THE VISUAL RECORD: Re-Viewing the Map; America's "Empty Wilderness"


How many people lived in this hemisphere at the time Columbus encountered it, to his surprise, 500 years ago? Many Europeans answered, "None to speak of," even after learning about - and then vandalizing - the Aztec and Inca empires. Whether rich or poor, rural or urban, these non-Christians had no "souls," said the invaders, and therefore "did not count."

Such preposterous thinking lives on, for we all recall textbooks explaining how christopher Columbus "discovered" an "empty wilderness." These texts often included maps of the "peopling" or "settling" of this supposedly "virgin" land. They showed a small parade of colored dots, representing European immigrants, moving westward across an otherwise blank continent. The Americans who already lived here have remained all but invisible to later generations.

This obvious blindness and distortion had a pragmatic purpose, for if indigenous people did not show up on the map, how could there be any serious discussion of their territorial, political, and cultural rights? After all, to inhabit and use an empty house might be deemed laudable, but to forcibly preempt an occupied dwelling could be called an invasion.

If avoiding conscious thoughts of trespass was one reason for generations of Europeans to play down Indian numbers, ignorance of epidemic disease was another. In the century since the Columbian Quadricentennial of 1892, we have come to understand that foreign diseases - smallpox, measles, plague - decimated Native American cultures, and that much of the worst devastation occurred in the earliest years of contact, when previously unexposed populations lacked acquired immunities and were especially vulnerable.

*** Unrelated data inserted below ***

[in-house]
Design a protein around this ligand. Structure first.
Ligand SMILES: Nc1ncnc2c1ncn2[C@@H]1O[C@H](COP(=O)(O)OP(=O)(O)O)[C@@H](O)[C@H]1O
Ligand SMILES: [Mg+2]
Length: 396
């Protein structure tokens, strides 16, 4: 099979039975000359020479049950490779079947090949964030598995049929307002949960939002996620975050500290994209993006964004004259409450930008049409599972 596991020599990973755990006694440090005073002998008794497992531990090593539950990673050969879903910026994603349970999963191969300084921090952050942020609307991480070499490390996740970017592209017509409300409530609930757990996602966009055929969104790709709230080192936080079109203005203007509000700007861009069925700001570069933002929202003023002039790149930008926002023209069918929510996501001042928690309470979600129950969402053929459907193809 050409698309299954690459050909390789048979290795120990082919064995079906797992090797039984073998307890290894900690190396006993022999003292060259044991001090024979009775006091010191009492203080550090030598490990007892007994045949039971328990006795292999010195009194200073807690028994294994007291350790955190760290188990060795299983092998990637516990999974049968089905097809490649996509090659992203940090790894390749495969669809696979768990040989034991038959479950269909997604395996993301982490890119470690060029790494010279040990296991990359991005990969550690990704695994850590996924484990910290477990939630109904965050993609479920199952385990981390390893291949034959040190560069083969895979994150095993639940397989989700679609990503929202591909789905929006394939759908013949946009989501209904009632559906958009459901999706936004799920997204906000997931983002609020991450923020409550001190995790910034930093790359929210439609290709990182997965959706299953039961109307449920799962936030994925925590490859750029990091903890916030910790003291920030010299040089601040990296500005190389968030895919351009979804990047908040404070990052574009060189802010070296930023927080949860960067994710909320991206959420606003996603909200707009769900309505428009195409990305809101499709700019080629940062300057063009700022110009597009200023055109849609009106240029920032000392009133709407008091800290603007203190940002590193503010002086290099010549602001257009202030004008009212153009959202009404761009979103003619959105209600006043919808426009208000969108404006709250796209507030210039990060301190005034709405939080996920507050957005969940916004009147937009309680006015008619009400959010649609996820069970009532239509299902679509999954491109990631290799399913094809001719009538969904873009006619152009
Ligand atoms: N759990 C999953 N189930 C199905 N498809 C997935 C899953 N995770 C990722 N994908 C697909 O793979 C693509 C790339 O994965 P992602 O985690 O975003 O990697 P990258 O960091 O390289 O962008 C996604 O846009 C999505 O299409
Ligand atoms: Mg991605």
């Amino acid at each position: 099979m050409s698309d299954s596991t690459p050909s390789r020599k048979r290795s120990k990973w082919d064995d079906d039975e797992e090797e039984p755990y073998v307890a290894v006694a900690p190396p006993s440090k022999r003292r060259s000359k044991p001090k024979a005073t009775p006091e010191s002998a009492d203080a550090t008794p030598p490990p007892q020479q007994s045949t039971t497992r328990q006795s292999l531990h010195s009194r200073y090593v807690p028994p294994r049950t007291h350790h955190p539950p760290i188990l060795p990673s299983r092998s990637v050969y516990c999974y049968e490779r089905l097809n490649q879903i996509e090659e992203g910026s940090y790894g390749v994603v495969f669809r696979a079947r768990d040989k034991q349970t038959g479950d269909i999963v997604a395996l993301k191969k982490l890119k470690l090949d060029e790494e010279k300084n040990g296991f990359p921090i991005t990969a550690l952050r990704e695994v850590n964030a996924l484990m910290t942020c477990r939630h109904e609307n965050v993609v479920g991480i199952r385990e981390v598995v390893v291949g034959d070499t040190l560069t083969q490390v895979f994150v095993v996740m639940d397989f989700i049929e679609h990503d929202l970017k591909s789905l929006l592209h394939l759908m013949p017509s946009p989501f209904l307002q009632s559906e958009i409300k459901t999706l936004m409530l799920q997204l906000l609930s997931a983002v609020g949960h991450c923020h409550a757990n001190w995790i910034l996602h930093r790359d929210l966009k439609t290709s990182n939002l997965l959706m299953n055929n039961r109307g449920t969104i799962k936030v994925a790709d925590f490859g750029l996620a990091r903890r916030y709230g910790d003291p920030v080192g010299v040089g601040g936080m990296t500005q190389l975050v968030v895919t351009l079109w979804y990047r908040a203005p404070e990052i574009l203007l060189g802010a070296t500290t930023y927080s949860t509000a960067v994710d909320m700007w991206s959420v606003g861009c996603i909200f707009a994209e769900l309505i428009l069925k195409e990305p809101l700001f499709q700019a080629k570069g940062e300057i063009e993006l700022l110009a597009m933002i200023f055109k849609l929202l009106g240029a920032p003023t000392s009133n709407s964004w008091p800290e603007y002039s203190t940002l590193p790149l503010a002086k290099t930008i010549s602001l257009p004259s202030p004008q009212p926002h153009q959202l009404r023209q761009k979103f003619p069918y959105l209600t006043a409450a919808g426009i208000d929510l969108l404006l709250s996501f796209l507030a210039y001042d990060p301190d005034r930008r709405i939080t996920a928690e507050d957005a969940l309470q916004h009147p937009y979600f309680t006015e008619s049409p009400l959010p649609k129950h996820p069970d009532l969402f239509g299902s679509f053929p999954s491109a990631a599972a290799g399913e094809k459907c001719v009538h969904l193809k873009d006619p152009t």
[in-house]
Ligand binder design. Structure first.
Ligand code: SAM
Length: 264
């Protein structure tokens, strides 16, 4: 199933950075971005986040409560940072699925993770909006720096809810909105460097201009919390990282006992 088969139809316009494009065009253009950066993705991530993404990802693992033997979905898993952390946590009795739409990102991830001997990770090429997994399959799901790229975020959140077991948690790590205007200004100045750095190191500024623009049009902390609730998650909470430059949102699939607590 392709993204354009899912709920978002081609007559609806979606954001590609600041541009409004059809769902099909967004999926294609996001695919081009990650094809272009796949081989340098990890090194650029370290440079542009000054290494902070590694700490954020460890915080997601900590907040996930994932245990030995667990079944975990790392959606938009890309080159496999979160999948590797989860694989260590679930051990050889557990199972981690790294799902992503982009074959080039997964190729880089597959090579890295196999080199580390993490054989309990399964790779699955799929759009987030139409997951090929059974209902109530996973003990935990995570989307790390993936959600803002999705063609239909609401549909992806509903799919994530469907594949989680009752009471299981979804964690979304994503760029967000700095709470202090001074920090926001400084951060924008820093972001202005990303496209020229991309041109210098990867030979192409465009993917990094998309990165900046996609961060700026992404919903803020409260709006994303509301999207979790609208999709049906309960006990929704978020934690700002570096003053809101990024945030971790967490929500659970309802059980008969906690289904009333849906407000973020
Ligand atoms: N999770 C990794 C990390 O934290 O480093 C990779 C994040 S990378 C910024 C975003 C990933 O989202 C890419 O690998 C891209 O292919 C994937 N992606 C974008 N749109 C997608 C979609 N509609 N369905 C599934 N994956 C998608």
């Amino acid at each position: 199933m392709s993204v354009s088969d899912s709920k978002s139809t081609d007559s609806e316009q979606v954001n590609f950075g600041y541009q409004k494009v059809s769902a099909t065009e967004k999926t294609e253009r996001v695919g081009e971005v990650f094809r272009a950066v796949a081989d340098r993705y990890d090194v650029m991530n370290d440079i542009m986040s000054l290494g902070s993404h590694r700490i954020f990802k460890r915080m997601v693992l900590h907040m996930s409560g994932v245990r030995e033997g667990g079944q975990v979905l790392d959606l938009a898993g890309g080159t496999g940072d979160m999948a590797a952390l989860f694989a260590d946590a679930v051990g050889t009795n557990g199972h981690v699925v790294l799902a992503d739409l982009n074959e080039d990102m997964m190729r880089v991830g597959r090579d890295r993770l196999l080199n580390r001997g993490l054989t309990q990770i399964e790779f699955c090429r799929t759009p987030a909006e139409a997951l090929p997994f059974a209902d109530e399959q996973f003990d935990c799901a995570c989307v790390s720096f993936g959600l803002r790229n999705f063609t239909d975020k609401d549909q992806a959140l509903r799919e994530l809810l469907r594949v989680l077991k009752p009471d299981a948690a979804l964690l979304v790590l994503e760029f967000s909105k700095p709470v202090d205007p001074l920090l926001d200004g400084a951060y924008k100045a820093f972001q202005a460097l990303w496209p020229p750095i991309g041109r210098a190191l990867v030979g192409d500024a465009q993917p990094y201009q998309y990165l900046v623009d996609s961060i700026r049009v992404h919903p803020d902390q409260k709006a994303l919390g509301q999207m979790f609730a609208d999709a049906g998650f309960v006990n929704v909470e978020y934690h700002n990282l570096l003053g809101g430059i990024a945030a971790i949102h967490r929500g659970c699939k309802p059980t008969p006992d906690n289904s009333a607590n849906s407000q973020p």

Scholars still remain unclear about the number of Native Americans alive in 1492, but most agree the figure is substantially higher - perhaps as much as 10 times higher - than estimates accepted 100 years ago. In North America alone, there may have been over 7 million indigenous people. Their numbers dropped sharply in the century that followed and continued to plummet during the seventeenth century, as English colonization began. By the 1680s, when the Spanish, French, and English were all actively engaged in a struggle for imperial control of the continent and its resources, the archival record finally becomes strong enough to suggest the extent of the dramatic shifts in population that were under way.

Consider the American South, for example, where a dramatic demographic transition can be documented in the century before the creation of the United States. Several years ago, I divided the entire U.S. Southeast below the Ohio River, from Virginia to East Texas, into 10 subregions and sought out contemporary estimates for the red, white, and black populations of each area at 15-year intervals from 1685 to 1790. A grid of these numbers over time made it possible to spot and discard estimates that clearly represented colonial distortions or later copying errors. By weighing fragmentary data from commercial, military, and religious sources, surprisingly complete estimates, with perhaps a 10 percent margin of error, were obtained for the three groups in all 10 Southern subregions over this crucial century.

The startling results can be seen even in a greatly reduced summary (see table on page 59). Who lived in the American South in 1685, more than a century after the founding of Spanish St. Augustine and nearly three generations after the beginnings of English Jamestown? Of roughly 250,000 inhabitants in the thinly populated expanse, fewer than 50,000 were not Indians. And almost all these European and Africans resided near the Atlantic coast in Virginia and the new colony of Carolina. Throughout the rest of the South, 99 of every 100 people were Native American.

Forty-five years later the situation was dramatically different. The South's overall population had risen above 290,000, and nearly half was white. Most whites and blacks still resided in tidewater Virignia and the two Carolinas; elsewhere almost nine of ten inhabitants were Indians. However, more than a generation of warfare, enslavement, and epidemics had reduced the South's Native American population by two-thirds. (It is this sort of devastating decline, repeated at other times and in other parts of the continent, that suggests the word "holocaust" for describing the Indian experience in the colonial era.)